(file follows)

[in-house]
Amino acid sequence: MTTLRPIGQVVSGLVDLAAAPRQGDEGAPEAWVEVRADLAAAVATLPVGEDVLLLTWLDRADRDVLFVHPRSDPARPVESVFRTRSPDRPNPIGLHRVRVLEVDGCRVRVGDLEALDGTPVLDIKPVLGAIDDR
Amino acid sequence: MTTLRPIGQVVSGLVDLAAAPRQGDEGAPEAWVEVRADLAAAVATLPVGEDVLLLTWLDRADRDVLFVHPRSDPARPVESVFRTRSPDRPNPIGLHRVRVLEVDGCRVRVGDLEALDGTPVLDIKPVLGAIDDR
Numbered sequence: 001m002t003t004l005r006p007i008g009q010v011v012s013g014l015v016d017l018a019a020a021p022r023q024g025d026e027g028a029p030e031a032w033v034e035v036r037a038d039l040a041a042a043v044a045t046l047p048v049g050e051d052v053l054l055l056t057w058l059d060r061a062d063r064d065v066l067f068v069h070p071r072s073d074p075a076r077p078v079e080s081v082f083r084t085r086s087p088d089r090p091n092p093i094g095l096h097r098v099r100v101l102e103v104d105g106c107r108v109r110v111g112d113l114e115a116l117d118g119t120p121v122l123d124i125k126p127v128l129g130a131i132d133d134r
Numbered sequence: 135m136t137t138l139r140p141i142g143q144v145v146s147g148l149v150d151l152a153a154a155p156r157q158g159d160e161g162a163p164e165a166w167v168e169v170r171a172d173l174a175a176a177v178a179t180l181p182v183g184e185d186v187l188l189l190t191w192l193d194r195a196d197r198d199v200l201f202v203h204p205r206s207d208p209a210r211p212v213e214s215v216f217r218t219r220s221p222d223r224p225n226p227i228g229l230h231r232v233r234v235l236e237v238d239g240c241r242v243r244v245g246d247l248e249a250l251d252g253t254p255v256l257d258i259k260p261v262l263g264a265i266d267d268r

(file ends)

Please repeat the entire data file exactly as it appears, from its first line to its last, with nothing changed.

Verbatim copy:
[in-house]
Amino acid sequence: MTTLRPIGQVVSGLVDLAAAPRQGDEGAPEAWVEVRADLAAAVATLPVGEDVLLLTWLDRADRDVLFVHPRSDPARPVESVFRTRSPDRPNPIGLHRVRVLEVDGCRVRVGDLEALDGTPVLDIKPVLGAIDDR
Amino acid sequence: MTTLRPIGQVVSGLVDLAAAPRQGDEGAPEAWVEVRADLAAAVATLPVGEDVLLLTWLDRADRDVLFVHPRSDPARPVESVFRTRSPDRPNPIGLHRVRVLEVDGCRVRVGDLEALDGTPVLDIKPVLGAIDDR
Numbered sequence: 001m002t003t004l005r006p007i008g009q010v011v012s013g014l015v016d017l018a019a020a021p022r023q024g025d026e027g028a029p030e031a032w033v034e035v036r037a038d039l040a041a042a043v044a045t046l047p048v049g050e051d052v053l054l055l056t057w058l059d060r061a062d063r064d065v066l067f068v069h070p071r072s073d074p075a076r077p078v079e080s081v082f083r084t085r086s087p088d089r090p091n092p093i094g095l096h097r098v099r100v101l102e103v104d105g106c107r108v109r110v111g112d113l114e115a116l117d118g119t120p121v122l123d124i125k126p127v128l129g130a131i132d133d134r
Numbered sequence: 135m136t137t138l139r140p141i142g143q144v145v146s147g148l149v150d151l152a153a154a155p156r157q158g159d160e161g162a163p164e165a166w167v168e169v170r171a172d173l174a175a176a177v178a179t180l181p182v183g184e185d186v187l188l189l190t191w192l193d194r195a196d197r198d199v200l201f202v203h204p205r206s207d208p209a210r211p212v213e214s215v216f217r218t219r220s221p222d223r224p225n226p227i228g229l230h231r232v233r234v235l236e237v238d239g240c241r242v243r244v245g246d247l248e249a250l251d252g253t254p255v256l257d258i259k260p261v262l263g264a265i266d267d268r